KC Royals: Five Things About Game 2 Comeback VS. BlueJays
By John Viril
Oct 17, 2015; Kansas City, MO, USA; Kansas City Royals first baseman Eric Hosmer (35) scores a run during the seventh inning against the Toronto Blue Jays in game two of the ALCS at Kauffman Stadium. Mandatory Credit: Denny Medley-USA TODAY Sports
3. ERIC HOSMER’S BASERUNNING WAS THE KEY TO THE COMEBACK
The key to Saturday’s seventh-inning rally was two baserunning plays from Eric Hosmer. First, Hosmer ran on the pitch that Kendrys Morales grounded toward second base sent by first base coach Rusty Kuntz. If Hosmer had not been running on the pitch, the Blue Jays would have a perfect double play ball. Lorenzo Cain would still have scored the second run of the inning, but with two outs and no one on base, the Blue Jays would have been in position to escape the seventh inning with a one-run lead.
You can see a replay of the inning below:
Instead, Mike Moustakas came to the plate with Hosmer on second and one out. That’s when Hosmer made his second outstanding running play when he correctly read that Moose’s liner would be out of reach for a leaping Ryan Goins at second. Hosmer didn’t hesitate as the ball came off Moustakas’ bat, and that jump allowed him to score the tying run.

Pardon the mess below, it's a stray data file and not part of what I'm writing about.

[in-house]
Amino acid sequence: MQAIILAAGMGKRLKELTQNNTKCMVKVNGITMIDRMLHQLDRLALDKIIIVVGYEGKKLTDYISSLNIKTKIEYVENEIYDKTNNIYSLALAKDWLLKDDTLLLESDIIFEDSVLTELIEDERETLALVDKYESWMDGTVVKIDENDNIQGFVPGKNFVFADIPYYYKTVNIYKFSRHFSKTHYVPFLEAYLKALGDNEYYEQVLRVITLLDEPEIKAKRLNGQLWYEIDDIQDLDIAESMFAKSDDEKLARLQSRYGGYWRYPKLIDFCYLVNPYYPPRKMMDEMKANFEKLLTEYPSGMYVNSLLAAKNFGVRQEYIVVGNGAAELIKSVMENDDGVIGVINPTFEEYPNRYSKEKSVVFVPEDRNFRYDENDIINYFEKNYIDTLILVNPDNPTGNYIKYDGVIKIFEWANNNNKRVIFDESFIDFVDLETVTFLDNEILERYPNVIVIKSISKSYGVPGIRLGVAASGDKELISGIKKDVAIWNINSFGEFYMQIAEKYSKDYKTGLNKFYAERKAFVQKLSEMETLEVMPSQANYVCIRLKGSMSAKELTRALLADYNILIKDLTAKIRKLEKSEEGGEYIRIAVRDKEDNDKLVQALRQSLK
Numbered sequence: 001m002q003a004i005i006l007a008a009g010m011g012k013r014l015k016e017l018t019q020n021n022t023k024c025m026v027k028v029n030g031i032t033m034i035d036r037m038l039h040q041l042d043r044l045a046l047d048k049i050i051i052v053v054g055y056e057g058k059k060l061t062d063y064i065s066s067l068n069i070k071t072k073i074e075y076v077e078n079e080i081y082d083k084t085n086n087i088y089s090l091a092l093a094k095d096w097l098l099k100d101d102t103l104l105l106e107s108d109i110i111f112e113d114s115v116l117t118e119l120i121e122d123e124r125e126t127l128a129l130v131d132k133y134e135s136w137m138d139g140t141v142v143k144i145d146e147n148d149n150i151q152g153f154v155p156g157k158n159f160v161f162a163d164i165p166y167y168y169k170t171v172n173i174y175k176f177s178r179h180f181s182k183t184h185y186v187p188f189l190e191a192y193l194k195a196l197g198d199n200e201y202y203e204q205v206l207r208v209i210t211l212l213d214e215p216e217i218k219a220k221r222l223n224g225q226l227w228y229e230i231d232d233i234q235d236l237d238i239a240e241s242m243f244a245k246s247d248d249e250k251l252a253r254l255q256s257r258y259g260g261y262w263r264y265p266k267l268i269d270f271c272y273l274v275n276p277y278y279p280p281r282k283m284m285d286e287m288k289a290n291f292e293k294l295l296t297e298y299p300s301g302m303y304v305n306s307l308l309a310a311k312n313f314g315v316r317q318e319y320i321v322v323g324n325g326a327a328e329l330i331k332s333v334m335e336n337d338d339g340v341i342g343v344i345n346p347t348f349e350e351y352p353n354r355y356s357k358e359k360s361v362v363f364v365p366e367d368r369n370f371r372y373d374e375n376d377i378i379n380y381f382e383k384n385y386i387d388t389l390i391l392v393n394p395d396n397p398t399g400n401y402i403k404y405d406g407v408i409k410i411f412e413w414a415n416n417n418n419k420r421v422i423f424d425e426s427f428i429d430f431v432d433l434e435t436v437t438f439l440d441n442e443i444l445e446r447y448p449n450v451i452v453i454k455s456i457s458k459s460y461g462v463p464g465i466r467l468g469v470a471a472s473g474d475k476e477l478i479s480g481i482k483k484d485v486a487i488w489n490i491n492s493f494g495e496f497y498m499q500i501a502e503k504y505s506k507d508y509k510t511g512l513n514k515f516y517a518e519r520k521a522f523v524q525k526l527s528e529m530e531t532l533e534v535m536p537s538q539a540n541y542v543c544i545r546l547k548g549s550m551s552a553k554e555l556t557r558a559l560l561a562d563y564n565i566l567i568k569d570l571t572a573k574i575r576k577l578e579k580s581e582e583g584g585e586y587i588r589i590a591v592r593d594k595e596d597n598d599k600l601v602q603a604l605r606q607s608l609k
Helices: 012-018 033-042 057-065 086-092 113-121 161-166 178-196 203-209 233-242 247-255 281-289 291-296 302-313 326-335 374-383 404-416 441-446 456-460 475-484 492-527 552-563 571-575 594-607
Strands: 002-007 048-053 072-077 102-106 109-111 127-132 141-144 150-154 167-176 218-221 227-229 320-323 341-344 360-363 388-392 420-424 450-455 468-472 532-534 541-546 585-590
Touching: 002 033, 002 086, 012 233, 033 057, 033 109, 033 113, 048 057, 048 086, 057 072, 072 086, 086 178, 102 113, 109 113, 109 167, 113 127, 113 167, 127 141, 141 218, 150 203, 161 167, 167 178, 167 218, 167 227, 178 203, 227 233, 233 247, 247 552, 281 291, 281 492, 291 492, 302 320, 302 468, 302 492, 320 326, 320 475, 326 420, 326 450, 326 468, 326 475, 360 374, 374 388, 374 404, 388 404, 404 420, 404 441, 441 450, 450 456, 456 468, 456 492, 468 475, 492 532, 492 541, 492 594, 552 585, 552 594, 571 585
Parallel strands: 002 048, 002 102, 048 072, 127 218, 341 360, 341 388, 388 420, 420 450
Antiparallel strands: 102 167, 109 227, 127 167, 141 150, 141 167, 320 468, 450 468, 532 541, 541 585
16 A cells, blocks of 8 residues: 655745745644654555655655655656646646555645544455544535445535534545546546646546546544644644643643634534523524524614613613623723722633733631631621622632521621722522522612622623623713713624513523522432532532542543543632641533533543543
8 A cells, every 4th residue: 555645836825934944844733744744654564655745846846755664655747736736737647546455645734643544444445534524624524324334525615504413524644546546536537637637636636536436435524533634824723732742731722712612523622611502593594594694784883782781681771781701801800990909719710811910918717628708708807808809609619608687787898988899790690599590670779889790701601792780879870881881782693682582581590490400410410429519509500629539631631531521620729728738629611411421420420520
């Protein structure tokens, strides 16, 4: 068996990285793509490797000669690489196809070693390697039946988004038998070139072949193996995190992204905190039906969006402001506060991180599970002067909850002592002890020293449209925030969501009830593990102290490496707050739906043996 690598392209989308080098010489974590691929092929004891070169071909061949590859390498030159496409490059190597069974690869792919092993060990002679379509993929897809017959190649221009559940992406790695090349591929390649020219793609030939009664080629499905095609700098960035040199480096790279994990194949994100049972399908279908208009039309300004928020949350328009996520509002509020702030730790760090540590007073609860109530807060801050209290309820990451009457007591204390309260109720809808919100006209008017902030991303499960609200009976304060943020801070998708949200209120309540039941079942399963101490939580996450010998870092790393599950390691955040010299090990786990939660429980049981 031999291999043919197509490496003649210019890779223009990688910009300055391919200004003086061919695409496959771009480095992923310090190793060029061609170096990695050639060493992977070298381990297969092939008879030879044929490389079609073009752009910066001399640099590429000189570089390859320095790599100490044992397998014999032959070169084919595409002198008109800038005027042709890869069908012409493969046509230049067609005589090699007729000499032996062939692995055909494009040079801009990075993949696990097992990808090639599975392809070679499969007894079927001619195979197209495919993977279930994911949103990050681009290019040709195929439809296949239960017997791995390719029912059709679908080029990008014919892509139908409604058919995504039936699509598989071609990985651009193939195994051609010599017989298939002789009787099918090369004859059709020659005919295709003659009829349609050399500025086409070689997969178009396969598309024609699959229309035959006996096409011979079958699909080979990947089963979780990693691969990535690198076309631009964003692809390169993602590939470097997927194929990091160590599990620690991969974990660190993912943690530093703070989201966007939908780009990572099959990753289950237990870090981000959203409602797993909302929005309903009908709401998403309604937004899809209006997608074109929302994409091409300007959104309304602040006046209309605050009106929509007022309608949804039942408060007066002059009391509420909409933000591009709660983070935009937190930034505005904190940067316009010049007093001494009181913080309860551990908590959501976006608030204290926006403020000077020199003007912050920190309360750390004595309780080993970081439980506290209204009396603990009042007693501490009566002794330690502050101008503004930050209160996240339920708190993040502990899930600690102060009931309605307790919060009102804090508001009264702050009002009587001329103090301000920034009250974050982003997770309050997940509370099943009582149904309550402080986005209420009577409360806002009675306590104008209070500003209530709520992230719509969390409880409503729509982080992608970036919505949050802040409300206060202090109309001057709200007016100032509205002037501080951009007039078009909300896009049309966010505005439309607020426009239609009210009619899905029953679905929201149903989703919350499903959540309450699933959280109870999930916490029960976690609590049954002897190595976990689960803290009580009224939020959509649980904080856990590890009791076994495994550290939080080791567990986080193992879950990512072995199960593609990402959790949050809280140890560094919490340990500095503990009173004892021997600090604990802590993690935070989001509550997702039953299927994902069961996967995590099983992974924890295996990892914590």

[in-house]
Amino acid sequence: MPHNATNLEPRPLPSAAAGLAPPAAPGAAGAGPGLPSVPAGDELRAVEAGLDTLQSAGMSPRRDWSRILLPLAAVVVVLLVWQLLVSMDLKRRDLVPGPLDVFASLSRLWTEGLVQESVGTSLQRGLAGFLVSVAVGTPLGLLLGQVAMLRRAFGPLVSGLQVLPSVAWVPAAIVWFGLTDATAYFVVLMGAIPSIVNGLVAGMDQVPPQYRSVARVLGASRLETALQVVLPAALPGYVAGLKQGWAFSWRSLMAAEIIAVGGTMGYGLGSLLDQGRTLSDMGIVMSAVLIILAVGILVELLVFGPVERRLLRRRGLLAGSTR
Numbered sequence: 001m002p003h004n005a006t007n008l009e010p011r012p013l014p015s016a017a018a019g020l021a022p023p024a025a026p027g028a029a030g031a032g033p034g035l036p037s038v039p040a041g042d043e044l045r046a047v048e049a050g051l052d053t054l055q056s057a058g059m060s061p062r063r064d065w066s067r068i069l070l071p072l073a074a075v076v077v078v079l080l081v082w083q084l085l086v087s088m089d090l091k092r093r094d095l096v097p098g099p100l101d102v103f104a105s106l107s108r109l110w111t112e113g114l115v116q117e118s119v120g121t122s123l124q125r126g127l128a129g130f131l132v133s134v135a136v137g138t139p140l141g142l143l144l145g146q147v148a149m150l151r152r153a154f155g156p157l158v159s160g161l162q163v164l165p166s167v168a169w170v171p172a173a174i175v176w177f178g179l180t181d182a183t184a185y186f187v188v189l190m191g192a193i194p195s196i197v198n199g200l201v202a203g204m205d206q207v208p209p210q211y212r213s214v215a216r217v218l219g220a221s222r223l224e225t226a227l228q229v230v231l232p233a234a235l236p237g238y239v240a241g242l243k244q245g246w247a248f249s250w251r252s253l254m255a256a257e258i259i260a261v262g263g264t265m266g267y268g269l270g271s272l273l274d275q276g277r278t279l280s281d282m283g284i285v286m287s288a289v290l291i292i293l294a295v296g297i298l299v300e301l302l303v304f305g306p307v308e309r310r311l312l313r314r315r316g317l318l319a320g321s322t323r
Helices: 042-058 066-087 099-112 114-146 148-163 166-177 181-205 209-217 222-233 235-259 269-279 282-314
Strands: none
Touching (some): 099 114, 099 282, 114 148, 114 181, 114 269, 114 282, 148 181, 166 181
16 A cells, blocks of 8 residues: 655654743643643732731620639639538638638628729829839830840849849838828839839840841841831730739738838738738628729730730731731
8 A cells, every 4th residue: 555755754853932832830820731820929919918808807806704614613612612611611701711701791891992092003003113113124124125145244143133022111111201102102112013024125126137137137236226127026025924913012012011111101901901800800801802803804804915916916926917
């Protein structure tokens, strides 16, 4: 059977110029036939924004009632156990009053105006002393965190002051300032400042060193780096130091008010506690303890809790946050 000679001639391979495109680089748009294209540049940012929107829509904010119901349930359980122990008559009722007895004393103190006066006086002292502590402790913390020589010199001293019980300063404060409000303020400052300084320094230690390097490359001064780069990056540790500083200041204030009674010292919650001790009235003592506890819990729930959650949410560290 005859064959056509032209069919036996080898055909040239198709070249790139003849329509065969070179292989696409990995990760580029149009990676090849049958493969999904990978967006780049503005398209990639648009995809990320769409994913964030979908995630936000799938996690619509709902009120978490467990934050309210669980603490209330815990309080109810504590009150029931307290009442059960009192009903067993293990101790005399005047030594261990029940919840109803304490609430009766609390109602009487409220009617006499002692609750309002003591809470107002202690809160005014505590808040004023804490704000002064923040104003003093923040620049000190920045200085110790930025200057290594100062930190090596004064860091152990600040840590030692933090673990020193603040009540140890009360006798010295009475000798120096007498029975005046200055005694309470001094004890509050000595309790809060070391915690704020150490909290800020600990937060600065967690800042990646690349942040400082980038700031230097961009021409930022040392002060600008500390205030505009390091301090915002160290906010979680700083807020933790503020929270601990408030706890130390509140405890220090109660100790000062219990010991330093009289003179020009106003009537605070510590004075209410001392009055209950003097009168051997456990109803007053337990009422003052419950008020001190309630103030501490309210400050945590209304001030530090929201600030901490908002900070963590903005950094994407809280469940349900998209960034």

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This sequence shows how the KC Royals team speed helps them pull off late rallies. They’re a multi-faceted offense that can do a little bit of everything. Hosmer isn’t a speed guy like Terrance Gore, Lorenzo Cain, or Jarrod Dyson, but he’s got enough juice in his wheels to swipe a bag or take an extra base.
Most of the Kansas City lineup can make plays with their legs. That ability allows the Kansas City Royals to fully exploit the least little mistake by their opponents. Whereas the Blue Jays seemed to be waiting for someone to knock one out of park when they were trying to make up a three-run deficit in the ninth, the KC Royals can take advantage of any opportunity that might emerge late in the game.
Hosmer’s running plays kept the pressure on Blue Jays pitcher David Price rather than swinging to Moustakas to get the tying run with two outs and no one on base.
While Hosmer is gifted with better wheels than most first basemen, he’s hardly a speed demon. Instead, the Kansas City Royals used smart, aggressive decisions from both Hosmer and the coaching staff to get five runs out of a rally that could have run out of steam at two.
Next: Hochevar's Fifth Inning Escape Shows The Value Of KC's Bullpen Depth